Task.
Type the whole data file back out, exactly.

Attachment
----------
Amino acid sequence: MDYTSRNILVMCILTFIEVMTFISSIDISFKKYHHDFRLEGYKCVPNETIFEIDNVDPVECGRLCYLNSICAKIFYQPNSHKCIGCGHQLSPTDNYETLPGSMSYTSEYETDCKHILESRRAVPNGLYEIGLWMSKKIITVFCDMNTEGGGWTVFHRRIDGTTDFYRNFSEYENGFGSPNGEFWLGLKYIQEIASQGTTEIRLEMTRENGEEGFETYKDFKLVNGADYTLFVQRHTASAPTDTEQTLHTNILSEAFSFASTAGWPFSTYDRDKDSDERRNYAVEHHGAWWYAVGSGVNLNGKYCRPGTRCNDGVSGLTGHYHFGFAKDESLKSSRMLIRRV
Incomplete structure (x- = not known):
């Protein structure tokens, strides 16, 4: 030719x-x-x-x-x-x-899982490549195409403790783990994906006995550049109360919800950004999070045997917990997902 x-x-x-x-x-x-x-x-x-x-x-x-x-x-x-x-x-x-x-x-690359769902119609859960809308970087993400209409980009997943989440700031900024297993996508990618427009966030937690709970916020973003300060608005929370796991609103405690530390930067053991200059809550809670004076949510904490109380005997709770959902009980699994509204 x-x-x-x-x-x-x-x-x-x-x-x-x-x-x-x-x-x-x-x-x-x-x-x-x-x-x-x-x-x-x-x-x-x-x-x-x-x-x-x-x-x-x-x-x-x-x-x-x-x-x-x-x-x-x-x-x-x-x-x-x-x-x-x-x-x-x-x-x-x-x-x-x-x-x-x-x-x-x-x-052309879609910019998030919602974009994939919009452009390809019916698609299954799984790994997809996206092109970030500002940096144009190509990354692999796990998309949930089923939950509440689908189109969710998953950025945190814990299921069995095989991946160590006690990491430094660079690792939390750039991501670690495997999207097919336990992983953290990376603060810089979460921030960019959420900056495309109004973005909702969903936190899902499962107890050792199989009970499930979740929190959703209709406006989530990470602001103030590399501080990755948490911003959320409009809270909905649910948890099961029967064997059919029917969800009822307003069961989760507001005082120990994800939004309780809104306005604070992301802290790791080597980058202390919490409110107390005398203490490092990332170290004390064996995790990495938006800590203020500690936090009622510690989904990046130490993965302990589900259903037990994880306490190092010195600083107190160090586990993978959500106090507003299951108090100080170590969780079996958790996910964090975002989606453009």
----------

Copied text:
Amino acid sequence: MDYTSRNILVMCILTFIEVMTFISSIDISFKKYHHDFRLEGYKCVPNETIFEIDNVDPVECGRLCYLNSICAKIFYQPNSHKCIGCGHQLSPTDNYETLPGSMSYTSEYETDCKHILESRRAVPNGLYEIGLWMSKKIITVFCDMNTEGGGWTVFHRRIDGTTDFYRNFSEYENGFGSPNGEFWLGLKYIQEIASQGTTEIRLEMTRENGEEGFETYKDFKLVNGADYTLFVQRHTASAPTDTEQTLHTNILSEAFSFASTAGWPFSTYDRDKDSDERRNYAVEHHGAWWYAVGSGVNLNGKYCRPGTRCNDGVSGLTGHYHFGFAKDESLKSSRMLIRRV
Incomplete structure (x- = not known):
């Protein structure tokens, strides 16, 4: 030719x-x-x-x-x-x-899982490549195409403790783990994906006995550049109360919800950004999070045997917990997902 x-x-x-x-x-x-x-x-x-x-x-x-x-x-x-x-x-x-x-x-690359769902119609859960809308970087993400209409980009997943989440700031900024297993996508990618427009966030937690709970916020973003300060608005929370796991609103405690530390930067053991200059809550809670004076949510904490109380005997709770959902009980699994509204 x-x-x-x-x-x-x-x-x-x-x-x-x-x-x-x-x-x-x-x-x-x-x-x-x-x-x-x-x-x-x-x-x-x-x-x-x-x-x-x-x-x-x-x-x-x-x-x-x-x-x-x-x-x-x-x-x-x-x-x-x-x-x-x-x-x-x-x-x-x-x-x-x-x-x-x-x-x-x-x-052309879609910019998030919602974009994939919009452009390809019916698609299954799984790994997809996206092109970030500002940096144009190509990354692999796990998309949930089923939950509440689908189109969710998953950025945190814990299921069995095989991946160590006690990491430094660079690792939390750039991501670690495997999207097919336990992983953290990376603060810089979460921030960019959420900056495309109004973005909702969903936190899902499962107890050792199989009970499930979740929190959703209709406006989530990470602001103030590399501080990755948490911003959320409009809270909905649910948890099961029967064997059919029917969800009822307003069961989760507001005082120990994800939004309780809104306005604070992301802290790791080597980058202390919490409110107390005398203490490092990332170290004390064996995790990495938006800590203020500690936090009622510690989904990046130490993965302990589900259903037990994880306490190092010195600083107190160090586990993978959500106090507003299951108090100080170590969780079996958790996910964090975002989606453009």